Headless in Manhattan

In the Cut

Erstwhile ingénue Meg Ryan in Jane Campion’s <i>In the Cut</i>: Serious roles call for collagen-enhanced pouting.

Erstwhile ingénue Meg Ryan in Jane Campion’s In the Cut: Serious roles call for collagen-enhanced pouting.

Rated 1.0

Poor sexually repressed Frannie. In Jane Campion’s ludicrous, erotically reckless thriller In the Cut, Frannie is a creative-writing schoolteacher who looks exactly like Meg Ryan with dishwater brown hair but still apparently can’t even buy a decent date in the urban jungle called Lower Manhattan. Her passion is poetry—we watch as she digests the Poetry in Transit quotes installed on the subways—but she is writing a book on slang with the aid of African-American student Cornelius Webb. Cornelius himself is writing a book on the innocence of convicted serial killer John Wayne Gacy.

A former lover, who looks exactly like Kevin Bacon in hospital greens but acts like a derelict intern hopped up on an entire ward shift’s worth of medication, is stalking Frannie. He claims they “slept together” three times, if you count an incident of intimacy in the shower. He is too tightly wrapped for this world, has trouble accepting the fact that some people can drive around in filthy cars and has even more trouble accepting that Frannie does not want to see him—much less swap bodily fluids with him—ever again.

Frannie lives in an apartment next to a psychic reader. She should have asked the soothsayer for advice when Detective James Malloy, who looks exactly like Mark Ruffalo with a mustache, turns up on her stairwell with news that a body part of a murder victim has been found in the neighborhood garden. Instead, she consults with her half-sister Pauline, a promiscuous woman who looks exactly like Jennifer Jason Leigh in messy mascara. Pauline is having an obsessive affair with a married doctor, lives in a shabby lair above a strip joint called the Baby Doll Lounge and complains about the noise.

Pauline urges Frannie to have a fling with the physically attractive but socially repulsive Malloy, who has solicited information on the grisly crime and asked for a date all in the same narcotic, profanity-laced breath. The date is a disaster. Frannie is mugged while walking home on a grimy street that even Mickey Rourke, who reportedly politicked for a role in the film, would have skirted. And all three men currently in Frannie’s life are now suspected as the assailant, the serial killer or both.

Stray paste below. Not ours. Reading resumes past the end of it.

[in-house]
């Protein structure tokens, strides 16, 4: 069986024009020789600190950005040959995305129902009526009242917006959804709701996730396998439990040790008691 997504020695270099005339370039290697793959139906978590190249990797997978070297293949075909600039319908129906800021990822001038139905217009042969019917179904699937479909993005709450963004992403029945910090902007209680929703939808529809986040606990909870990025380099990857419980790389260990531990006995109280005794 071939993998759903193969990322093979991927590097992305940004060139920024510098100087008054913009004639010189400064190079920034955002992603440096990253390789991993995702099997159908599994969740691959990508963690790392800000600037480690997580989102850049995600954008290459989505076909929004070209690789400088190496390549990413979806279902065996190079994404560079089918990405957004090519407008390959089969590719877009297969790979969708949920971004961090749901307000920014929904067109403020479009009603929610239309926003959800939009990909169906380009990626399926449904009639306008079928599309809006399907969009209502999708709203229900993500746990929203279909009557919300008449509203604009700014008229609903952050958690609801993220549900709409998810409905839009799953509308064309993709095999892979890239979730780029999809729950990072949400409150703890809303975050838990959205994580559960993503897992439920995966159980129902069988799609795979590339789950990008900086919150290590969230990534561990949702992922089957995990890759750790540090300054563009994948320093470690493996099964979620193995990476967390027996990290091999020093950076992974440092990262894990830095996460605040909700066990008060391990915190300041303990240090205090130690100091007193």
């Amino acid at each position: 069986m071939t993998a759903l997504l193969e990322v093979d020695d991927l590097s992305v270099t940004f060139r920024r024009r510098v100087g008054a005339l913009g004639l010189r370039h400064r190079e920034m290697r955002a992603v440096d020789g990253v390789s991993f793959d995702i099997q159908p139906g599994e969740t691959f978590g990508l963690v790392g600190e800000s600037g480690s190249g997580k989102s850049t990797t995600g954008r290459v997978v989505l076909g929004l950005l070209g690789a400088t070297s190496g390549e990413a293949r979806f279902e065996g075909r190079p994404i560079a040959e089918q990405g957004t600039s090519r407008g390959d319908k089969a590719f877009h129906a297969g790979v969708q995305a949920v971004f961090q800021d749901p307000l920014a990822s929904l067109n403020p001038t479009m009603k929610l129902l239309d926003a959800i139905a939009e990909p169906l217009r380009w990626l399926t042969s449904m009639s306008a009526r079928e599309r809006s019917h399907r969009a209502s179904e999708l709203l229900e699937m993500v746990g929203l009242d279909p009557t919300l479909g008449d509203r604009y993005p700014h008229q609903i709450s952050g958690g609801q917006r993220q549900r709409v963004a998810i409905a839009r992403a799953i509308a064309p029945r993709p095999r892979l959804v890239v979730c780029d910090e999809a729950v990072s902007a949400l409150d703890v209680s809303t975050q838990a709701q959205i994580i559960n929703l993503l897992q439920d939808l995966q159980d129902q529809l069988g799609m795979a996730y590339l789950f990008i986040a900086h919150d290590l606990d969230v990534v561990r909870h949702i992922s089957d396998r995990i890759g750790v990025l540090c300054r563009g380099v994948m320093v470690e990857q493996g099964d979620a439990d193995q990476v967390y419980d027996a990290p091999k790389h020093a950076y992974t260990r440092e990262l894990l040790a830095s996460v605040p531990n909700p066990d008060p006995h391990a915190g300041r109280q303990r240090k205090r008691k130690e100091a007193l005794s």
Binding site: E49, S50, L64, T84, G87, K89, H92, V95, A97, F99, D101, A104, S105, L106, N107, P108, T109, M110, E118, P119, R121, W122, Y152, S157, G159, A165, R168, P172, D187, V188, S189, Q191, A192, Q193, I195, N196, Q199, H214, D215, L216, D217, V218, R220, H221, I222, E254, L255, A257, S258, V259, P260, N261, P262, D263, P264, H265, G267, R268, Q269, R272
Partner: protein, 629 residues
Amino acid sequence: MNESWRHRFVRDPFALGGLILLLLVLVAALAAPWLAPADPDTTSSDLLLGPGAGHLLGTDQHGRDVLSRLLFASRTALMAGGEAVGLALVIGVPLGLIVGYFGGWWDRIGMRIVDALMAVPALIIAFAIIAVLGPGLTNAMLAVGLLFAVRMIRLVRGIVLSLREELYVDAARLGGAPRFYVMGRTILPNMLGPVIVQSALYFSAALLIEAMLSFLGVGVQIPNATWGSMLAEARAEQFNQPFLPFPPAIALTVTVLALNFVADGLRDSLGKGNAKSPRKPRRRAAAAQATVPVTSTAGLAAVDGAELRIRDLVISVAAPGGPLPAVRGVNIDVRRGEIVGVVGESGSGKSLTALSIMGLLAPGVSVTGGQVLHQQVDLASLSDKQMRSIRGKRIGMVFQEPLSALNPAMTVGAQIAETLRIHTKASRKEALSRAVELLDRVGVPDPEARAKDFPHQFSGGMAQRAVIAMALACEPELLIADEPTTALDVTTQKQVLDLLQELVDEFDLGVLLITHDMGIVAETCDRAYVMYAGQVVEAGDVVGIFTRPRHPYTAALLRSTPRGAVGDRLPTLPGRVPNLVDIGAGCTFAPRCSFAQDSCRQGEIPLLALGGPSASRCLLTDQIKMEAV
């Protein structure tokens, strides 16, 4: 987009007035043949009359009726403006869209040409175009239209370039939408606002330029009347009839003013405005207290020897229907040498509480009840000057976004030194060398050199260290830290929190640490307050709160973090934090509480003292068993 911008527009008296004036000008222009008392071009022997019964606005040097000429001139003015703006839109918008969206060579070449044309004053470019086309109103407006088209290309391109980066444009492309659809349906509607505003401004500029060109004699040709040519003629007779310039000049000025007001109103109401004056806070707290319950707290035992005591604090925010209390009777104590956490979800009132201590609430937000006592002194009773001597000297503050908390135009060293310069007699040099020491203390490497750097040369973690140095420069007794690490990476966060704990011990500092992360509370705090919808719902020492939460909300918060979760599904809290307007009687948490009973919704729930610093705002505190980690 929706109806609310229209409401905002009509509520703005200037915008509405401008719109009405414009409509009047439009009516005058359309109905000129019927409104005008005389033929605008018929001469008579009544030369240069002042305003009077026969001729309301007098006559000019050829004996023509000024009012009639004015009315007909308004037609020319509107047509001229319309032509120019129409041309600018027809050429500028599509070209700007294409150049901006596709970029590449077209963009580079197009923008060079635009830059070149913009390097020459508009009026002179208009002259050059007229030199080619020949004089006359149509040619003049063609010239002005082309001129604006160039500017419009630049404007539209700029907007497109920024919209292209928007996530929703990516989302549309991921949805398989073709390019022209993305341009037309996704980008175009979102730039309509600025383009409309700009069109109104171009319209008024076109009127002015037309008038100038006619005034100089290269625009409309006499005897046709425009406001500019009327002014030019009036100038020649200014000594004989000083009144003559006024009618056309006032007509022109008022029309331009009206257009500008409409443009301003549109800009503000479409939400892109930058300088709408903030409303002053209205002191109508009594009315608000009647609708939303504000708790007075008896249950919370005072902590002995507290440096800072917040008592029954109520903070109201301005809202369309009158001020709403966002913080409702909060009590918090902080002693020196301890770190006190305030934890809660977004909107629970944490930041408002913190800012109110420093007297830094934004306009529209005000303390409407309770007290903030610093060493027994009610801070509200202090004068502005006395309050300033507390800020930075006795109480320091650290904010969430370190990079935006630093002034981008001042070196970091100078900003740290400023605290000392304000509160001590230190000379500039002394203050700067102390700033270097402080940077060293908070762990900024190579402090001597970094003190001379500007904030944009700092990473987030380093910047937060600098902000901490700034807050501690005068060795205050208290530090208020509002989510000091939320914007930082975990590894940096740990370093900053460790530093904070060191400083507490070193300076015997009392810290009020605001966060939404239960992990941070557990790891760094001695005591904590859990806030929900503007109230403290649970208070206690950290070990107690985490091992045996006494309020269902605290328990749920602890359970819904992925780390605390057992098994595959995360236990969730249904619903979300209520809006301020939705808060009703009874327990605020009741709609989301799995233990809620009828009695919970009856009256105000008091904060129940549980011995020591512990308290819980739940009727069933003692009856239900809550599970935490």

Campion is no stranger to erotic needs. She wallows here in the same dormant passion; raw, tempestuous lust; and conflicted female sexuality that propelled The Piano. Harvey Keitel raised eyebrows for exposing his manhood in that film. This time, it’s the lady’s turn at bat, with Ryan forgoing another funny, faked When Harry Met Sally coffee-shop orgasm to earnestly fake orgasms in various stages of dress and undress while simulating both self-engineered and heterosexual acts of carnality. Sex here is very serious graphic business, even over the phone or in the company of a handcuffed human.

With The Piano, Campion also had a fascinating story to share. Here, the story about compulsive but hard-to-define emotions, oddly juxtaposed man-woman relationships and the difference between passion and compassion are wrapped around the axle of a slow, nonsensical crime story. The script, adapted by Campion and Susanna Moore from Moore’s lurid 1995 novel, has a different ending than the book does and plays mostly to sensationalism. Frannie has no supporting background on which to hang her character, other than a recurring dream (shot like a monochromatic hallucination) involving the courtship of her parents, and her situations and immediate reactions to the madness around her range from preposterous to laughable.

In the Cut is a narrative disaster, but Campion exhibits her celebrated technical and artistic talent. The film is a kaleidoscope of hypnotic hues; saturated moods; lush cinematography (by Dion Beebe); and exotic pulses of a dangerous, graffiti-smothered city. It emanates the visual magnetism of Seven, the gnawing corruption of Bad Lieutenant and the duplicity of Sea of Love. Its opening and closing credit crawls make spooky use of the classic song “Que Sera Sera,” and the cast, with the exception of the anemic Ryan, is competent. But the film is overtly salted with ambiguous clues and strained cross-references that are best left unlisted here, to avoid spoiling the film for anyone who still chooses to see it.

I am an ardent fan of Campion’s The Piano, An Angel at My Table and Sweetie. But I now borrow Malloy’s rumination about blow jobs: Not every Jane Campion movie is necessarily a good Jane Campion movie.